Duration

Human responses to vibration depend on the total duration of vibration exposure. If the characteristics of vibration do not change with time, the root-mean-square vibration provides a convenient measure of the average vibration magnitude. A stopwatch may then be sufficient to assess the exposure duration. The severity of the average magnitude and total duration can be assessed by reference to the standards in the following articles.

If the vibration characteristics vary, the measured average vibration will depend on the period over which it is measured. Furthermore, root-mean-square acceleration is believed to underestimate the severity of motions which contain shocks, or are otherwise highly intermittent.

Many occupational exposures are intermittent, vary in magnitude from moment to moment or contain occasional shocks. The severity of such complex motions can be accumulated in a manner which gives appropriate weight to, for example, short periods of high magnitude vibration and long periods of low magnitude vibration. Different methods of calculating doses are used (see “Whole-body vibration”; “Hand-transmitted vibration”; and “Motion sickness” in this chapter).

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## Contents

Part I. The Body
Part II. Health Care
Part III. Management & Policy
Part IV. Tools and Approaches
Part V. Psychosocial and Organizational Factors
Part VI. General Hazards
Part VII. The Environment
Part VIII. Accidents and Safety Management
Part IX. Chemicals
Part X. Industries Based on Biological Resources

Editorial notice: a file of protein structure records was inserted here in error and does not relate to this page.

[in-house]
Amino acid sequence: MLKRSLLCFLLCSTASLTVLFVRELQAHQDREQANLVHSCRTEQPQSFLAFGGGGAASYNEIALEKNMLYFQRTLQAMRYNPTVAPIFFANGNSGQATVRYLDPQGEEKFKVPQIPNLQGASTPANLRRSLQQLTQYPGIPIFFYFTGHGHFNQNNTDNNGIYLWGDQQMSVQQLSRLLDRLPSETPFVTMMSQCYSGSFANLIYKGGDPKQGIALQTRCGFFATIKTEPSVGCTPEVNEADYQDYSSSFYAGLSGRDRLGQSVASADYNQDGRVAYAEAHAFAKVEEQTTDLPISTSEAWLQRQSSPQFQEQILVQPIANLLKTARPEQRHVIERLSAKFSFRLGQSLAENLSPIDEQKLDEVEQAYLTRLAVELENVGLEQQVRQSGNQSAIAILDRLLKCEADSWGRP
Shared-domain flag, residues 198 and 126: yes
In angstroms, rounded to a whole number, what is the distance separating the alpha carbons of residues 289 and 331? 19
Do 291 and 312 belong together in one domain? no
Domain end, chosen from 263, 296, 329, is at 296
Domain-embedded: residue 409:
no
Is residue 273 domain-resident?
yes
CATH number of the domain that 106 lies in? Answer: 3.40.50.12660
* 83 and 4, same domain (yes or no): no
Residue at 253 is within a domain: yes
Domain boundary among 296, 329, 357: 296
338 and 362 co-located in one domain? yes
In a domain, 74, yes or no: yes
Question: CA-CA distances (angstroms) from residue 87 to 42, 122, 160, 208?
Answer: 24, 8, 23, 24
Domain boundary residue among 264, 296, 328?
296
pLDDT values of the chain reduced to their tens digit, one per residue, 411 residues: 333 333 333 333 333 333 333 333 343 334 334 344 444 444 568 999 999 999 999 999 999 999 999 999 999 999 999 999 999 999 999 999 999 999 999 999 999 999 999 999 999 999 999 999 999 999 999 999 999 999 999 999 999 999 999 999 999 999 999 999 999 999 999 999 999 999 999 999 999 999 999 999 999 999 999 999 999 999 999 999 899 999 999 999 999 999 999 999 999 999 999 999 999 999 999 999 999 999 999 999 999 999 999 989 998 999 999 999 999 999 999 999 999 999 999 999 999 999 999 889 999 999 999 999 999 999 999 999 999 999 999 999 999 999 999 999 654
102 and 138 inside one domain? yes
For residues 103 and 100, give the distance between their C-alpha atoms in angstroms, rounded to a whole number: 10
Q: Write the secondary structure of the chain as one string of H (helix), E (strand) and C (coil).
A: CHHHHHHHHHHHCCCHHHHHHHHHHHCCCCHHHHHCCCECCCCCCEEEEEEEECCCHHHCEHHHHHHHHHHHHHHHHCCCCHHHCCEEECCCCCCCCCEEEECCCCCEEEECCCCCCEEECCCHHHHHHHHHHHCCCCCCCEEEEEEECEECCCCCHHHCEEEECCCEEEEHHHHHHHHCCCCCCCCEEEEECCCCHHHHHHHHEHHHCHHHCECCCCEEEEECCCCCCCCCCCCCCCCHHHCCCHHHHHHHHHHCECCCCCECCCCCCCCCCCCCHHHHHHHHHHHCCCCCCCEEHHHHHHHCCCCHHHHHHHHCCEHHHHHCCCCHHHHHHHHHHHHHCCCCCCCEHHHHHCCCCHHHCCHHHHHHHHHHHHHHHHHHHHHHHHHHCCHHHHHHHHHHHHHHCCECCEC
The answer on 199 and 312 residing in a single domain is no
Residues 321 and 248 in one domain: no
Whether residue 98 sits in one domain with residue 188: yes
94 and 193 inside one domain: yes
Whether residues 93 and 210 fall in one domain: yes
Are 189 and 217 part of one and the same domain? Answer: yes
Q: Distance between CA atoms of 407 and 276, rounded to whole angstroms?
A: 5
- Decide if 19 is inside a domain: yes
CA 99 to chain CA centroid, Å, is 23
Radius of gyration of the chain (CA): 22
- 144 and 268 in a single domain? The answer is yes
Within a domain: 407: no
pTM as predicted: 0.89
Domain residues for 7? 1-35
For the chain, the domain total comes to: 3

Part XI. Industries Based on Natural Resources
Part XII. Chemical Industries
Part XIII. Manufacturing Industries
Part XIV. Textile and Apparel Industries
Part XV. Transport Industries
Part XVI. Construction
Part XVIII. Guides

## Vibration References

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American Conference of Governmental Industrial Hygienists (ACGIH). 1992. Hand-arm (segmental) vibration. In Threshold Limit Values and Biological Exposures Indices for 1992-1993. Cincinnati, Ohio: ACGIH.

Bongers, PM and HC Boshuizen. 1990. Back Disorders and Whole-Body Vibration at Work. Thesis. Amsterdam: University of Amsterdam.

British Standards Institution (BSI). 1987a. Measurement and Evaluation of Human Exposure to Vibration Transmitted to the Hand. BS 6842. London: BSI.

—. 1987b. Measurement and Evaluation of Human Exposure to Whole-Body Mechanical Vibration and Repeated Shock. BS 6841. London: BSI.

Council of the European Communities (CEC). 1989. Council Directive of 14 June 1989 on the approximation of the laws of the Member States relating to machinery. Off J Eur Communities L 183:9-32.